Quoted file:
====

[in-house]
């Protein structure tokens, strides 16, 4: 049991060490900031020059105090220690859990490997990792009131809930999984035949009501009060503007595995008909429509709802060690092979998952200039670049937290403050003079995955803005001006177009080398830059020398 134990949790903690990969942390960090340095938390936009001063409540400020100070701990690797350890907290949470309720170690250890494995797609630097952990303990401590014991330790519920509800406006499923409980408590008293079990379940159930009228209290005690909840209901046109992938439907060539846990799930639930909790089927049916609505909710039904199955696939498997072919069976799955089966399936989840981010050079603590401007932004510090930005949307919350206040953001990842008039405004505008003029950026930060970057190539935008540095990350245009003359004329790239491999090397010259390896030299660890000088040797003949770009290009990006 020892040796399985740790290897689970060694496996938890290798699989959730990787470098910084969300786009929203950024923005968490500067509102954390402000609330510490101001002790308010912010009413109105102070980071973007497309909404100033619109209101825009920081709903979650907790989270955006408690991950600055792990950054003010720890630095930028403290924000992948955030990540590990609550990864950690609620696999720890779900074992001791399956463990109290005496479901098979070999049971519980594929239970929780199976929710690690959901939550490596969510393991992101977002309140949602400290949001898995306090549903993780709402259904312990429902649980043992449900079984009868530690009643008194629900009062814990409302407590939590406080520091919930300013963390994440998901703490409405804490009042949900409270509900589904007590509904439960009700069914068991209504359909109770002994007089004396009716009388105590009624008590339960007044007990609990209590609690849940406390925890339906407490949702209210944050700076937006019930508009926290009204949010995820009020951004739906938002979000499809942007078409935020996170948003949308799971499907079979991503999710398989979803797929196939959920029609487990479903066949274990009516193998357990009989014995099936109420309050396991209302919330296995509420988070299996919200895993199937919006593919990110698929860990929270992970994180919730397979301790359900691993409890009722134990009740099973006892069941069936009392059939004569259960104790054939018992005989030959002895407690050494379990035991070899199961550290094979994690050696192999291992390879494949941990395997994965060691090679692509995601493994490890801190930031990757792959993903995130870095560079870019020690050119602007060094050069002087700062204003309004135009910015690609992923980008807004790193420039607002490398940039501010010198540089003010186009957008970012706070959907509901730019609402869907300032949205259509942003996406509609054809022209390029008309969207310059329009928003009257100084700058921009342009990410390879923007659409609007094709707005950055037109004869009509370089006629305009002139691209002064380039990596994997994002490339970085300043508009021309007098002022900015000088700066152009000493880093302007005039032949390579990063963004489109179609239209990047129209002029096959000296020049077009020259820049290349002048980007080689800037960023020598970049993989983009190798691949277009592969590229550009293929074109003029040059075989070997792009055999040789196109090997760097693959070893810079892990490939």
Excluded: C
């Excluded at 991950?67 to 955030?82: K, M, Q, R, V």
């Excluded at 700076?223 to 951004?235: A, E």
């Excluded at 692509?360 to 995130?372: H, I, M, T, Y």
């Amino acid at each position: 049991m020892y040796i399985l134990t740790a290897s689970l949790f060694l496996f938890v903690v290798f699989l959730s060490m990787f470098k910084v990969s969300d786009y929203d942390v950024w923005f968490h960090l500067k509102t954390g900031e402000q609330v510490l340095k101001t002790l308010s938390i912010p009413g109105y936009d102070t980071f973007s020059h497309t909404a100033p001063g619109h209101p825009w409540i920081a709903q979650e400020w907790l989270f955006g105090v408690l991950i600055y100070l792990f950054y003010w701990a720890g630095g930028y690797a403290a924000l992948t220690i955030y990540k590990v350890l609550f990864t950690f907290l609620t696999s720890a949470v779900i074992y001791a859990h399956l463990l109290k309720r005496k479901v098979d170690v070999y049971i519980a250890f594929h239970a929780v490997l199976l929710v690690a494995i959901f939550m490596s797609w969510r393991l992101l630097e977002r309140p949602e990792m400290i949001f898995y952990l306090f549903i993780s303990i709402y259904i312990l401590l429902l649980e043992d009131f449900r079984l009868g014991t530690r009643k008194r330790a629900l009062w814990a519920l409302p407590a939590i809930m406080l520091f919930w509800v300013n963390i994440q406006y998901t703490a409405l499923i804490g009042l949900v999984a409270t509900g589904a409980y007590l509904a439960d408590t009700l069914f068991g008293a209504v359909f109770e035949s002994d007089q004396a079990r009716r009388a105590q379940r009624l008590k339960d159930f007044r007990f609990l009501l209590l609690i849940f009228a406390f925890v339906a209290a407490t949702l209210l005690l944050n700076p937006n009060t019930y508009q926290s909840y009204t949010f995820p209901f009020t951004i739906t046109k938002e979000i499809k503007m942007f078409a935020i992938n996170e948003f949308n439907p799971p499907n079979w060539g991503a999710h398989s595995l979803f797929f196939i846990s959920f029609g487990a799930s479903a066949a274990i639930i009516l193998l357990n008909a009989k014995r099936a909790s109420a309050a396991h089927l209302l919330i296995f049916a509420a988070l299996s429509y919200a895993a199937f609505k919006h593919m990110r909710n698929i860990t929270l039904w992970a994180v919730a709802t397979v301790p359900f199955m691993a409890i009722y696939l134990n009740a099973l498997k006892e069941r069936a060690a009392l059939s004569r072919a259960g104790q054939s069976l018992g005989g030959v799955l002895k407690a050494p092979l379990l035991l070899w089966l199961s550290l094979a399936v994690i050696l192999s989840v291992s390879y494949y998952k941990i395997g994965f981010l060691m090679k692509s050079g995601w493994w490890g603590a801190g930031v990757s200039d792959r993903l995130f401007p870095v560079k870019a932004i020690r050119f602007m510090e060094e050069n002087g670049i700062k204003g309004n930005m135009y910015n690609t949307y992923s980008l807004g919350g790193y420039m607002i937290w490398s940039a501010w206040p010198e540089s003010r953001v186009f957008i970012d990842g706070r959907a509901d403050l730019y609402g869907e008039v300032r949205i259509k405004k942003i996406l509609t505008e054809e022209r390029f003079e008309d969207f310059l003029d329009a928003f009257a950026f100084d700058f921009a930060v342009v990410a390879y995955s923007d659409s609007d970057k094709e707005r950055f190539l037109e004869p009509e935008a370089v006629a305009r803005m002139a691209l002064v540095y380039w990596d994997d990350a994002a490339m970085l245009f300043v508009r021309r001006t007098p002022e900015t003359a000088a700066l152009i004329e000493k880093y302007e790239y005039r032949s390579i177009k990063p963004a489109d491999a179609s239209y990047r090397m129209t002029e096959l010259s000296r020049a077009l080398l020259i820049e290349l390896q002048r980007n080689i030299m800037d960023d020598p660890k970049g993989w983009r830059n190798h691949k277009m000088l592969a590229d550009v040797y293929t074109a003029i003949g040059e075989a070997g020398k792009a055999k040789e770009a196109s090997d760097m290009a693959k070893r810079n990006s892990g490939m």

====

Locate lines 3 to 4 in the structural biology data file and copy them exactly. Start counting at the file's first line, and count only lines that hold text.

Excluded: C
């Excluded at 991950?67 to 955030?82: K, M, Q, R, V």